**Hidehiko Yamabe** was a Japanese mathematician who published important results in differential geometry and on group theory, including Hilbert's fifth problem.

- Hidehiko attended elementary school in Ashiya than continued his secondary education close to his home.
- The war was reaching its climax in 1944 when Yamabe entered the University of Tokyo to study mathematics.
- Despite the problems Yamabe published some fine mathematical papers.
- In On an arcwise connected subgroup of a Lie group published in 1950 in the Osaka Mathematical Journal Yamabe gave a direct proof of the theorem that an arcwise connected subgroup of a Lie group is a Lie subgroup.
- Yamabe began to produce partial results in papers such as On some properties of locally compact groups with no small subgroup (1951) written with Morikuni Goto, which shows that in a locally Euclidean group with no small subgroup every point sufficiently near the identity is on a unique one-parameter subgroup.
- Despite the large amount of progress that Yamabe was making to solve Hilbert's Fifth Problem, he was also producing many other papers such as: (with Zuiman Yujobo) On the continuous function defined on a sphere (1950); (with Morikuni Goto) On continuous isomorphisms of topological groups (1950); On an extension of the Helly's theorem (1950); and A condition for an abelian group to be a free abelian group with a finite basis (1951).
- This is undoubtedly Yamabe greatest achievement, although he went on to produce many more very high quality pieces of work.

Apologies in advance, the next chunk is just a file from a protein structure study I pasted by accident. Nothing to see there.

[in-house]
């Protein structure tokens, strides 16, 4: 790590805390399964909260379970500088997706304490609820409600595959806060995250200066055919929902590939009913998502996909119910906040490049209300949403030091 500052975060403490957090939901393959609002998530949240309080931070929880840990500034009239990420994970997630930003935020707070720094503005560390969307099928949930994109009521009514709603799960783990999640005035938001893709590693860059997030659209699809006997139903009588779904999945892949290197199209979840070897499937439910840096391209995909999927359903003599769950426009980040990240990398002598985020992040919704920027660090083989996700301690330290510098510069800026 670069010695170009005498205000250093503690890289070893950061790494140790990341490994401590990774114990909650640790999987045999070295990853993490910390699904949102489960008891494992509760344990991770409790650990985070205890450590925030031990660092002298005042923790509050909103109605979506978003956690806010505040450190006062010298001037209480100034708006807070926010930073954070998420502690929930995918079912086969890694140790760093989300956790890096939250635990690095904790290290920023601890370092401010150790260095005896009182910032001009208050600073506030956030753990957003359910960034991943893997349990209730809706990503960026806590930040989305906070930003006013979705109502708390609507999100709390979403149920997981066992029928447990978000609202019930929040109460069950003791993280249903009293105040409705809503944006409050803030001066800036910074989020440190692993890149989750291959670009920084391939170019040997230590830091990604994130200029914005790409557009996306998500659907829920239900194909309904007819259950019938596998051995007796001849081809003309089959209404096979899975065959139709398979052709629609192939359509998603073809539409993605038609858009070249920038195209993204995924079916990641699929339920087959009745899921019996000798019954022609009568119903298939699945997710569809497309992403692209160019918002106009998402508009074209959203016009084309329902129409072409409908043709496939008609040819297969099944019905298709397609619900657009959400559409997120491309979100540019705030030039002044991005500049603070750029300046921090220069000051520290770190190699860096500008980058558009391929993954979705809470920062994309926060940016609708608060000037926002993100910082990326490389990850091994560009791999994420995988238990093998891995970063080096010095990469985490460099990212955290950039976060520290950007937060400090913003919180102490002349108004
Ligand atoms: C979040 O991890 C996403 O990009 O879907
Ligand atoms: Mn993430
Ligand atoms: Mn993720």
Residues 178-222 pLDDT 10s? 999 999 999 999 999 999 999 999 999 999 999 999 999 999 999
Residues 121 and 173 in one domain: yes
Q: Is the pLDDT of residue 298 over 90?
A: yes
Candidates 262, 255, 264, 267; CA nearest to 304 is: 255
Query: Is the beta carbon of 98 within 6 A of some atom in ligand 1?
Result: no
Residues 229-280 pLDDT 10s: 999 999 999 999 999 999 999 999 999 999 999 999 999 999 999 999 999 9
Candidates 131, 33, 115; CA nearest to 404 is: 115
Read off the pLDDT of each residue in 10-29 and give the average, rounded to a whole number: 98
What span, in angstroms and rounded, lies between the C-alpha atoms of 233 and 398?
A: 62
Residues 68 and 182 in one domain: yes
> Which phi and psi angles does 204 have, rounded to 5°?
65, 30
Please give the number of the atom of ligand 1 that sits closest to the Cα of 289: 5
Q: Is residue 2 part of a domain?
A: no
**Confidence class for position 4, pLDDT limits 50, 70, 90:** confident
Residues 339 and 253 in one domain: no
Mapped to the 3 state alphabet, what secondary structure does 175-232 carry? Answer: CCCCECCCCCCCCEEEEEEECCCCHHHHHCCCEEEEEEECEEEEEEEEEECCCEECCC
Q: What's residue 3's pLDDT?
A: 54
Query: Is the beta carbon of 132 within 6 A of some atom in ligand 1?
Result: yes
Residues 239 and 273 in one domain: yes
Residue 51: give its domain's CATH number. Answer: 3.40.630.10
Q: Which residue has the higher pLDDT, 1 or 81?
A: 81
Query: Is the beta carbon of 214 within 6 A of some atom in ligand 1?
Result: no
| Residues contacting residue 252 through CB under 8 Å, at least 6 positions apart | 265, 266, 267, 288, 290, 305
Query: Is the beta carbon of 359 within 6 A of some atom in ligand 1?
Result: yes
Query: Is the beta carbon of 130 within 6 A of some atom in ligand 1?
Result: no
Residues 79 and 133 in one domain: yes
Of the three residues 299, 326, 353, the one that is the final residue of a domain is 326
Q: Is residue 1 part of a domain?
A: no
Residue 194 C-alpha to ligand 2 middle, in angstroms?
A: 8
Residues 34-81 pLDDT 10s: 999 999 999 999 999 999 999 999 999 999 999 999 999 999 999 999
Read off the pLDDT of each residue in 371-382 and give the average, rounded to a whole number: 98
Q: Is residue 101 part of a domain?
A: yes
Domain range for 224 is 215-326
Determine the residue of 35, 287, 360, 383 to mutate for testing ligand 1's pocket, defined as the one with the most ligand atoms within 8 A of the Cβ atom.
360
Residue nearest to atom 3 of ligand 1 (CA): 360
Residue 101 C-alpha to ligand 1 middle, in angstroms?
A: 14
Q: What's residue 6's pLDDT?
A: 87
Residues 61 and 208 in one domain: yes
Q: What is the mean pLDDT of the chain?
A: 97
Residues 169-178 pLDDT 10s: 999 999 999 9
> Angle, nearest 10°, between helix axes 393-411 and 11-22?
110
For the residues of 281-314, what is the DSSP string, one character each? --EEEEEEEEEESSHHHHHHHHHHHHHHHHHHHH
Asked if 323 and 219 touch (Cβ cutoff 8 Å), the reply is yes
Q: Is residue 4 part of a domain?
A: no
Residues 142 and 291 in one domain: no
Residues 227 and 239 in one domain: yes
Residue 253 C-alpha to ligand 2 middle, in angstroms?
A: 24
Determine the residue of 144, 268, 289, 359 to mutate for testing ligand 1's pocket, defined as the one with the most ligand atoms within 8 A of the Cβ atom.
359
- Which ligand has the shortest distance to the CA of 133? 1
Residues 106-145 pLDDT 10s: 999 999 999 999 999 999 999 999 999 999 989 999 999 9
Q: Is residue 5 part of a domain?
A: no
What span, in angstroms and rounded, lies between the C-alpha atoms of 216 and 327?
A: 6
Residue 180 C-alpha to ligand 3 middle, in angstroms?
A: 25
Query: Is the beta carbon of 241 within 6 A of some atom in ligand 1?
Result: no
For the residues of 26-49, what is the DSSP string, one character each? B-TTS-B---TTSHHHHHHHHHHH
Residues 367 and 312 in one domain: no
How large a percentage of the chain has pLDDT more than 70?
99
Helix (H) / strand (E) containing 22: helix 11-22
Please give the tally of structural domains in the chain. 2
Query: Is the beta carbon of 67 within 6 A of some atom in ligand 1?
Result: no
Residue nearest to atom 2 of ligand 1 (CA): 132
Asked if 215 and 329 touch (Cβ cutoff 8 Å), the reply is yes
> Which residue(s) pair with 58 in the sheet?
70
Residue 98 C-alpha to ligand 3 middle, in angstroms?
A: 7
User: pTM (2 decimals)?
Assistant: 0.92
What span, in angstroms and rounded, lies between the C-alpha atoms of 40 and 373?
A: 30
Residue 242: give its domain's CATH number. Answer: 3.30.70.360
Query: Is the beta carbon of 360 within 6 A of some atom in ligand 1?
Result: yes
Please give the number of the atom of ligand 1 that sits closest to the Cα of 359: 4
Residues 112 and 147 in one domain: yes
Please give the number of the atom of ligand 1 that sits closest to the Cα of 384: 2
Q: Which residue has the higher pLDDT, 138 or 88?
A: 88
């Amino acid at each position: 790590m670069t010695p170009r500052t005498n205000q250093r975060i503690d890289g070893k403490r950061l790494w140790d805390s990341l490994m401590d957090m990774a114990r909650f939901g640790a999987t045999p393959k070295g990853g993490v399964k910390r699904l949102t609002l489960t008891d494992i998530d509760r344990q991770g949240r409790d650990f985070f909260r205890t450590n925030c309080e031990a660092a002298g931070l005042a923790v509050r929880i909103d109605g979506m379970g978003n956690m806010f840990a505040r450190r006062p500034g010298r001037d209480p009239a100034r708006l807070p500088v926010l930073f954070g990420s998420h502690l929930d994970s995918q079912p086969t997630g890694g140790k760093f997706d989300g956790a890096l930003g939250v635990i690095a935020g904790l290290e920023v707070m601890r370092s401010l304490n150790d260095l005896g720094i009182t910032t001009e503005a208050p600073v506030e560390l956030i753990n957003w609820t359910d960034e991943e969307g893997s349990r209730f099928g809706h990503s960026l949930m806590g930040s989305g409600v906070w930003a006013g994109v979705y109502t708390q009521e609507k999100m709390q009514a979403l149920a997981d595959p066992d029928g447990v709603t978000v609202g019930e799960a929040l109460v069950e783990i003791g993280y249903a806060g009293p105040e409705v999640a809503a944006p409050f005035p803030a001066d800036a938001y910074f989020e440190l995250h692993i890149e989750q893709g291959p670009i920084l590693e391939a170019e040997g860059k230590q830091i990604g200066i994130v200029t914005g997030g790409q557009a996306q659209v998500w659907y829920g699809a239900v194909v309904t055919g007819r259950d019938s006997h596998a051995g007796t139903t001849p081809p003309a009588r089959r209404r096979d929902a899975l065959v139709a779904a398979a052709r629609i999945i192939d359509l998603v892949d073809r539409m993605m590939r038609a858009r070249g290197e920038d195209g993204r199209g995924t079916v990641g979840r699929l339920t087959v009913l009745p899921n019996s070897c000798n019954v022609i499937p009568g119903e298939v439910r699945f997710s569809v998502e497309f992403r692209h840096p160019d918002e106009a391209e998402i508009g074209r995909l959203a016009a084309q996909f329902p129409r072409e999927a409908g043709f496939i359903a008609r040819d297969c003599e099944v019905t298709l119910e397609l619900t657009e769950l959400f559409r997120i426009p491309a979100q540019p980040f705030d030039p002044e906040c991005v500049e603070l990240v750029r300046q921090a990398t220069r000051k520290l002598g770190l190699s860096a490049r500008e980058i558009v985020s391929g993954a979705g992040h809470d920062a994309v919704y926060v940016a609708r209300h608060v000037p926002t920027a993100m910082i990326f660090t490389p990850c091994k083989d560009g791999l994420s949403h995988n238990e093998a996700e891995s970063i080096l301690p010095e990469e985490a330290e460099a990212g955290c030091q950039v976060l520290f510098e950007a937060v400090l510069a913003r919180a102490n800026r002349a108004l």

- In the following year Yamabe published A unique continuation theorem for solutions of a parabolic differential equation written jointly with Seizo Ito.
- Yamabe returned to the United States in July of following year to continue with his position at the University of Minnesota.
- Finally let us note a publication by Yamabe, together with David Pope, A computational approach to the four-color problem which appeared in 1961.
- The Yamabe Memorial Lecture has been held in his honour since 1989 and from 2002 this was replaced by the Yamabe Memorial Symposium.
- The Yamabe Memorial Symposium is an enhancement of this tradition.
- One goal will be to advance areas of mathematics related to the interests of Hidehiko Yamabe, which touched in a substantial and ground-breaking way on several quite different areas of mathematics, all of which may be roughly described as having significant geometric aspects.

Born 22 August 1923, Ashiya, near Osaka, Japan. Died 20 November 1960, Evanston, USA.

View full biography at MacTutor

Origin Japan

**Oâ€™Connor, John J; Robertson, Edmund F**: MacTutor History of Mathematics Archive